Let me put it like this: what is it that we remember about past projects? What is most important? Do we look back and say, “Hey, remember that project that delivered on time and on budget? THAT was great!” No, no, no. What we look for is to look back and say, “That project really jumpstarted our data analysis capabilities, and gave us the means to make more fully informed business decisions.”
So how do business outcomes tie it all together?
The key to successful projects and business initiatives is to spend time on the front end, before a project start. A typcial business initiative will produce 8-20 business outcome statements, each framed in business terms, and each measurable by a yes or no question. You then position these in a sequential timeline that shows what needs to be delivered first to allow for future deliveries.
Once your business outcomes are defined, it enables you to identify all the changes needed to deliver that outcome: not just activities related to a technical delivery, but all the change activities needed from all angles, such as training, HR involvement, documentation needs, organization changes, purchases, decomissioning, and so on. All change activities are wrapped into the delivery of a business outcome, bringing change and project onto the same page.
And benefits? What about the value to the business?
Good question! So, in the same way that change activities are identified for delivery of a business outcome, we look at each business outcome and identify what benefits are associated with it. We don’t wait to take the value, but instead look to take the value from the moment it is available, the moment a business outcome is delivered.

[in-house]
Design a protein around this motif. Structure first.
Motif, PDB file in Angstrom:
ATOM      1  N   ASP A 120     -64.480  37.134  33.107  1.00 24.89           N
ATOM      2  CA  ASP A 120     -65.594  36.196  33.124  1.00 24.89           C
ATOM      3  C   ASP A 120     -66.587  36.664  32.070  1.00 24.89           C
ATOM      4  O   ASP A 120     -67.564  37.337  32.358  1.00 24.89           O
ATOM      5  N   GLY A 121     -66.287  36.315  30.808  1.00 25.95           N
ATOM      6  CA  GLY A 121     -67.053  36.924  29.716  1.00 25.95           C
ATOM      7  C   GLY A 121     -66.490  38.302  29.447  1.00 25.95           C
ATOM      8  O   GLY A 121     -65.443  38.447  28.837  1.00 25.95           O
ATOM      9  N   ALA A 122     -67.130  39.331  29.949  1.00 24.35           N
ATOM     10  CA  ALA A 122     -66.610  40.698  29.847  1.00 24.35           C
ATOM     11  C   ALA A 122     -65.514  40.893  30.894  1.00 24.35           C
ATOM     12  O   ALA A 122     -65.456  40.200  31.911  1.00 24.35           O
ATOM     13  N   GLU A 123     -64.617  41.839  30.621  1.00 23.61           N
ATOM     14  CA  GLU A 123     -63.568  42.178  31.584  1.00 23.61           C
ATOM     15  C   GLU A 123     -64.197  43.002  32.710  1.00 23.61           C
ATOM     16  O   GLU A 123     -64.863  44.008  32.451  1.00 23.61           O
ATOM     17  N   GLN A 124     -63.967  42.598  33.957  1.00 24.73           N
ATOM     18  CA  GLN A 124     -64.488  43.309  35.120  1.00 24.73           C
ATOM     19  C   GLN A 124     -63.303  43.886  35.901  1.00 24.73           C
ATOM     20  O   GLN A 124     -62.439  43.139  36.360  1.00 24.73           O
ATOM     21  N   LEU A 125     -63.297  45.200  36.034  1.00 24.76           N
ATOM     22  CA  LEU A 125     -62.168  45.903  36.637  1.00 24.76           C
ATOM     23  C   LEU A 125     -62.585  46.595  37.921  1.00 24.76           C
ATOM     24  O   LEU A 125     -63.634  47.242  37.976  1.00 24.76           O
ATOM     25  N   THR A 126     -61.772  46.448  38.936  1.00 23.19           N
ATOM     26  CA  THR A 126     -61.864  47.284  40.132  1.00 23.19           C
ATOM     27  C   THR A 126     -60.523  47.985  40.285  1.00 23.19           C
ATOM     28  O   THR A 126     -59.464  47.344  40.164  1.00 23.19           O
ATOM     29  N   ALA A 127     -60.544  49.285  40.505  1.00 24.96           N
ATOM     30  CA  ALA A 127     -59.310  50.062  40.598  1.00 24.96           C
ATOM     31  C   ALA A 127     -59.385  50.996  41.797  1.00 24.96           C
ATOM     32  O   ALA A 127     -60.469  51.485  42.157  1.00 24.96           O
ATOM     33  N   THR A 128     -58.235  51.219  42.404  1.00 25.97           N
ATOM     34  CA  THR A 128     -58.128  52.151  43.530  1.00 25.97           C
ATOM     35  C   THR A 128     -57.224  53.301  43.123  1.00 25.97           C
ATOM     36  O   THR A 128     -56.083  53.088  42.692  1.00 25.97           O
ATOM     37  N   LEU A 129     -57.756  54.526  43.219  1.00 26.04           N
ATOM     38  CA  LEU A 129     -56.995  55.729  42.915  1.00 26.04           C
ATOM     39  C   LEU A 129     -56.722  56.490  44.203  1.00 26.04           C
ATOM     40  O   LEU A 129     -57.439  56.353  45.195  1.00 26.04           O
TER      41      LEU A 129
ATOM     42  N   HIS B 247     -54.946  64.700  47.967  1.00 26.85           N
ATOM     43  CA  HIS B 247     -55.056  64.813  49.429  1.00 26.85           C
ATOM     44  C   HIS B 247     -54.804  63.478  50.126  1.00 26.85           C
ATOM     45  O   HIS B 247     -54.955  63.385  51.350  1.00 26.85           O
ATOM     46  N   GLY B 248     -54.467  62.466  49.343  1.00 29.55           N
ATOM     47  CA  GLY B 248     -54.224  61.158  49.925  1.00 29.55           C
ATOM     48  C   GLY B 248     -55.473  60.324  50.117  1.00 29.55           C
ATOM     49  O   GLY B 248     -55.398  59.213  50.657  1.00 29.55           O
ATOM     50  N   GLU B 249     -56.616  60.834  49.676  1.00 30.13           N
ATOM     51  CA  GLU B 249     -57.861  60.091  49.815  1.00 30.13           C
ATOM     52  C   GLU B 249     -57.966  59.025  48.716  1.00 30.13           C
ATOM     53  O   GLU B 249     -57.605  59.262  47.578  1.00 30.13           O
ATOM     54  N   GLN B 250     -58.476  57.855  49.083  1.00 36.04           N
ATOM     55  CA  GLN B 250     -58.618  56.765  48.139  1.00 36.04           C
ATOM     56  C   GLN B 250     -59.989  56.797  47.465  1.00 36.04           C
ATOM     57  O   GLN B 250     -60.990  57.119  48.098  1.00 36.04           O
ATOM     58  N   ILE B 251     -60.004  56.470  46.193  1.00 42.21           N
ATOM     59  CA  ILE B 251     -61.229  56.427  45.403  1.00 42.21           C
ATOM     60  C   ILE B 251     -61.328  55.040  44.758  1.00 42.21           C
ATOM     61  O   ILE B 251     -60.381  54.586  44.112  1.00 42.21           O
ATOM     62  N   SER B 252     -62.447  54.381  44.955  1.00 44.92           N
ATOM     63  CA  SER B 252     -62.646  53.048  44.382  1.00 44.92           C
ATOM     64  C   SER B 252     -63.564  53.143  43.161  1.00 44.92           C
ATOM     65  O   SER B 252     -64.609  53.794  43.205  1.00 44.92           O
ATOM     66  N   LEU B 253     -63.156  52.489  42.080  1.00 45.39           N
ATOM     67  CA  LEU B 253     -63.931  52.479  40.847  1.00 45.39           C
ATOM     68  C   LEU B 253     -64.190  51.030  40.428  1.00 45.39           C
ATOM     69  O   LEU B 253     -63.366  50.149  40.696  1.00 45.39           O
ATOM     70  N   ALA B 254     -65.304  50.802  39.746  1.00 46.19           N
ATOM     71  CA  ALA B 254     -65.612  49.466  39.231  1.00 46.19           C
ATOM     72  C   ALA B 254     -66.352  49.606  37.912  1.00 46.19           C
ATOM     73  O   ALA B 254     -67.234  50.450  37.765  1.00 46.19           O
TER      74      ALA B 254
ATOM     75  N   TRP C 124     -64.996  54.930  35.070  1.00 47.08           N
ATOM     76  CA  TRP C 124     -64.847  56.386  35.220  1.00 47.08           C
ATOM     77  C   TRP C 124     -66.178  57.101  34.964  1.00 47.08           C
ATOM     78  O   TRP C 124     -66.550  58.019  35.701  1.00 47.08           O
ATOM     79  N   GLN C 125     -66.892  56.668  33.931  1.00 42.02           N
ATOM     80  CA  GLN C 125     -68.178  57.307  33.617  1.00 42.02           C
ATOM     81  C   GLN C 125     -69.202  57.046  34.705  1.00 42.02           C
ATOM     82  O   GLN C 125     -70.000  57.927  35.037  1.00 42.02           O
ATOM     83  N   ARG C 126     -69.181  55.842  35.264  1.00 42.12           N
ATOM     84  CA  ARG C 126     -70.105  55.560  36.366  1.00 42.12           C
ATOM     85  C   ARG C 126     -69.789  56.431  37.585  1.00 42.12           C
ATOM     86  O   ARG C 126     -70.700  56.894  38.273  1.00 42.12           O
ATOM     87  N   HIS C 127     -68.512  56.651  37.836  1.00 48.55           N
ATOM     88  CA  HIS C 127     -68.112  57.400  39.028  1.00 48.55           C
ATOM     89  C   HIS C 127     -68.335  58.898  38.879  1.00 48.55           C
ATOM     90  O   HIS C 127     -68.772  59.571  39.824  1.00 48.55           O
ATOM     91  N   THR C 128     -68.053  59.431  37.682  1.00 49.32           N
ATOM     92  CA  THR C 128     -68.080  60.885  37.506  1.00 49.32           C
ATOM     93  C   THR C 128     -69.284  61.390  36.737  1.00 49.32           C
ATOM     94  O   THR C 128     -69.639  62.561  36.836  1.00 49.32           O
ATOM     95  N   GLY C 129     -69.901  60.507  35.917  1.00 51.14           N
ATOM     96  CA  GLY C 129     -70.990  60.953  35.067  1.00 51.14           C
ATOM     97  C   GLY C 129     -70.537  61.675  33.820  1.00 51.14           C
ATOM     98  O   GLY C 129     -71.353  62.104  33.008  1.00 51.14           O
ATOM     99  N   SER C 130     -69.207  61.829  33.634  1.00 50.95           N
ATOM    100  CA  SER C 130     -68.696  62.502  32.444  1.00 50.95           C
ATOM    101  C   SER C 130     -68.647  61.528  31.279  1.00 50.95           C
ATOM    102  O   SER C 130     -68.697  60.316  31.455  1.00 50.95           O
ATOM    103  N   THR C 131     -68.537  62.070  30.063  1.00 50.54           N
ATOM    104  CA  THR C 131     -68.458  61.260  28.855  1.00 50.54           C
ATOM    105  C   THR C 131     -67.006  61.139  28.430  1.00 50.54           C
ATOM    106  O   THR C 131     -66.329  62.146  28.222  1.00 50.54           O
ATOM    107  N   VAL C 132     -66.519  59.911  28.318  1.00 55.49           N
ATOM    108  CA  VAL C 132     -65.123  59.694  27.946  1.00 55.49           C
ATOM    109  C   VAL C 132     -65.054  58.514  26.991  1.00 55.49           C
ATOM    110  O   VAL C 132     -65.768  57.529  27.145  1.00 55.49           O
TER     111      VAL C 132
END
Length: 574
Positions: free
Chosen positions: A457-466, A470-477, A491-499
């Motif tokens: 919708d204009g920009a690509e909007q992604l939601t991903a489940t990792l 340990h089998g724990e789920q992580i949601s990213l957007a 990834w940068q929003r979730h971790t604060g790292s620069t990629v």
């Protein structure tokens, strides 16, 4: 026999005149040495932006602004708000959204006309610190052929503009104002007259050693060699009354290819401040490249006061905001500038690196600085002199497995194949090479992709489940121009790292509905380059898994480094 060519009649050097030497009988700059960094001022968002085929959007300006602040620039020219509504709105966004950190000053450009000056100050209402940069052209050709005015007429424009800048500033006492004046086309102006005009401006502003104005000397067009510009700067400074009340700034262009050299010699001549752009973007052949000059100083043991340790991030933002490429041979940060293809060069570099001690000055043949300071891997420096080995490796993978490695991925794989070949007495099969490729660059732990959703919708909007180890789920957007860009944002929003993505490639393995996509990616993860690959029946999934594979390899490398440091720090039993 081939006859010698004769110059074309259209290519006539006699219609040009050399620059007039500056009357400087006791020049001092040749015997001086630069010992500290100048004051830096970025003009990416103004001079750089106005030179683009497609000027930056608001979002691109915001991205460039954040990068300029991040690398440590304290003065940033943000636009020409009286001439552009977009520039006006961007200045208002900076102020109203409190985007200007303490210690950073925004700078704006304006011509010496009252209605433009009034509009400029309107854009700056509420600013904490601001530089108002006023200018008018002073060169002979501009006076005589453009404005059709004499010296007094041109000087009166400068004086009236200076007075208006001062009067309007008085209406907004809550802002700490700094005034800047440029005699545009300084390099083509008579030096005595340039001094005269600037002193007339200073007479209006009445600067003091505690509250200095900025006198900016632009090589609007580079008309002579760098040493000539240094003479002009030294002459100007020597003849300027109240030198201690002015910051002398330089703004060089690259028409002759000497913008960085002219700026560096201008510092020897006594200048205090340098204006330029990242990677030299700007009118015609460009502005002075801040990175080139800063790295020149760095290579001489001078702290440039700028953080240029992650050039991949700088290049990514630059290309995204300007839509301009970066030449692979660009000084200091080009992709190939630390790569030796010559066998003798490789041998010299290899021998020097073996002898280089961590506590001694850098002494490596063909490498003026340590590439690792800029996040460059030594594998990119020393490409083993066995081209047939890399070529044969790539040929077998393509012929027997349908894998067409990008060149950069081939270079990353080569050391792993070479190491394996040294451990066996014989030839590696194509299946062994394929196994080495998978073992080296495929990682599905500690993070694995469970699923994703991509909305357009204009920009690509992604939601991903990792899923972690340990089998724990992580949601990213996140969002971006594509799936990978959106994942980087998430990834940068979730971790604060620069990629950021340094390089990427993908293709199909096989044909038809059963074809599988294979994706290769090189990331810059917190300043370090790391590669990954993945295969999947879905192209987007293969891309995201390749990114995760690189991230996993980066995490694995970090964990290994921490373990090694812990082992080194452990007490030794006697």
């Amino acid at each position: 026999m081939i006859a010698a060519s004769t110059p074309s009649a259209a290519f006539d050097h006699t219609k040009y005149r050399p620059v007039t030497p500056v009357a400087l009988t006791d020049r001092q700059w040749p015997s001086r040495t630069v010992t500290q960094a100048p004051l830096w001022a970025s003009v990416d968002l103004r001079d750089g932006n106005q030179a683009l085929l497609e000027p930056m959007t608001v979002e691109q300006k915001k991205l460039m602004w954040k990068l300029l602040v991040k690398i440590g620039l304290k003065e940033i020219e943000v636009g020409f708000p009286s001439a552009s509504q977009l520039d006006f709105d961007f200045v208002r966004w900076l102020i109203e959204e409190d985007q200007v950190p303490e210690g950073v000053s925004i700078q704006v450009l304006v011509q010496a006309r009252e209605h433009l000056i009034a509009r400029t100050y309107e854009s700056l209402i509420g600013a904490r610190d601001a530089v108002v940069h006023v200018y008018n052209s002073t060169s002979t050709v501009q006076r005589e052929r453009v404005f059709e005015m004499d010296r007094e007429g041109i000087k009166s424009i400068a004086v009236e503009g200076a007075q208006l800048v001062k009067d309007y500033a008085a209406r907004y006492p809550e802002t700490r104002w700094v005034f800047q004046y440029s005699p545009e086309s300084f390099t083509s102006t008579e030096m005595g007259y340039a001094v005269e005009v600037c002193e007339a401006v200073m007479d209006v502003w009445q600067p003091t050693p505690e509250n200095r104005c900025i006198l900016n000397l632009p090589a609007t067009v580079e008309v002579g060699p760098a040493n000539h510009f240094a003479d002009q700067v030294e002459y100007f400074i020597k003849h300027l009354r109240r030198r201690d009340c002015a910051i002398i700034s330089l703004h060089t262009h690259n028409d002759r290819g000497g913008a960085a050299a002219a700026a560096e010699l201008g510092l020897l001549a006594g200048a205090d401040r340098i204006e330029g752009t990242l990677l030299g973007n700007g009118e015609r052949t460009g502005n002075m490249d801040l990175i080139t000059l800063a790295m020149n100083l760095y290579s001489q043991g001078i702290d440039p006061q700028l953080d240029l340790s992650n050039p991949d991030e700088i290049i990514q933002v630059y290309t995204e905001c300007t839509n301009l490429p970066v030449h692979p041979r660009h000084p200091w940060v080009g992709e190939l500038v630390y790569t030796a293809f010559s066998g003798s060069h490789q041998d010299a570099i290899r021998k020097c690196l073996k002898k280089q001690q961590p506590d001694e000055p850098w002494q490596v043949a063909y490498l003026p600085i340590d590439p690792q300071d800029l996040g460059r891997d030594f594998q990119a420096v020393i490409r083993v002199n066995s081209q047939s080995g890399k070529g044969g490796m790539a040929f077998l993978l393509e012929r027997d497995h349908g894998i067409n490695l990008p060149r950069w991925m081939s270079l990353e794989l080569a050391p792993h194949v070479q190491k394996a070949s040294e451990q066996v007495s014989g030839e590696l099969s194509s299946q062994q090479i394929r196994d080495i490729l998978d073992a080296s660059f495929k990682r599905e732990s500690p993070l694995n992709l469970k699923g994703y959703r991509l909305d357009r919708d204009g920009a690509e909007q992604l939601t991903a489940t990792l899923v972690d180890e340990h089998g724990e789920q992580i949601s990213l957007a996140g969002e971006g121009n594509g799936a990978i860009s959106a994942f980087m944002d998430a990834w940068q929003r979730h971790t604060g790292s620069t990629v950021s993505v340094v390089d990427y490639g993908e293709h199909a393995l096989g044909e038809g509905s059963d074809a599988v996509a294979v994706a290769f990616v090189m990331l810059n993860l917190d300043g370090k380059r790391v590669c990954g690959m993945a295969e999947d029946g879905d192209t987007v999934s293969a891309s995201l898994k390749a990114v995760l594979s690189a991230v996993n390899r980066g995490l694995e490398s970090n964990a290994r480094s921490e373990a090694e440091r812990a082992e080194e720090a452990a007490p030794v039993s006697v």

In short, Activities delivery Outcomes that enable Benefits. It’s that simple. And please excuse my promoting this, but the TOP Value Equation is designed to link these together through repeatable processes that guide an organization to define and identify these components quickly, and at a cost that is far less than bringing in a team of management consultants.
So the purpose of the workshop is to focus on defining business outcomes?
It is – it all starts with defining the value you want to achieve: the desired business outcomes. I will quickly get participants to experience hands-on how to define business outcomes, and demonstrate how benefits are identified for each outcome. Time permitting, we will take a talk on both change activities and the importance of monitoring and managing the delivery of value.
Sounds great, Nathan. We look forward to the workshop!
The workshop takes place the 31st of January 2017. Read more about the workshop here. It will be possible to attend a networking-lunch after the workshop.
‘Defining Your Desired Business Outcomes’ is the first module and cornerstone of the TOP Value Equation, a value delivery chain management tool that shifts project focus from ‘on time, on budget, to specification’ to delivering what the business wants: desired business outcomes.
The workshop owner, Nathan Kunkel, is associated with Totally Optimized Projects, Teknologisk Institut, and Help@Head. He is a certified instructor in the TOP Value Equation, and has had long engagements in The Maersk Group and the United Nations, covering a wide range of responsibilities within IT and Finance.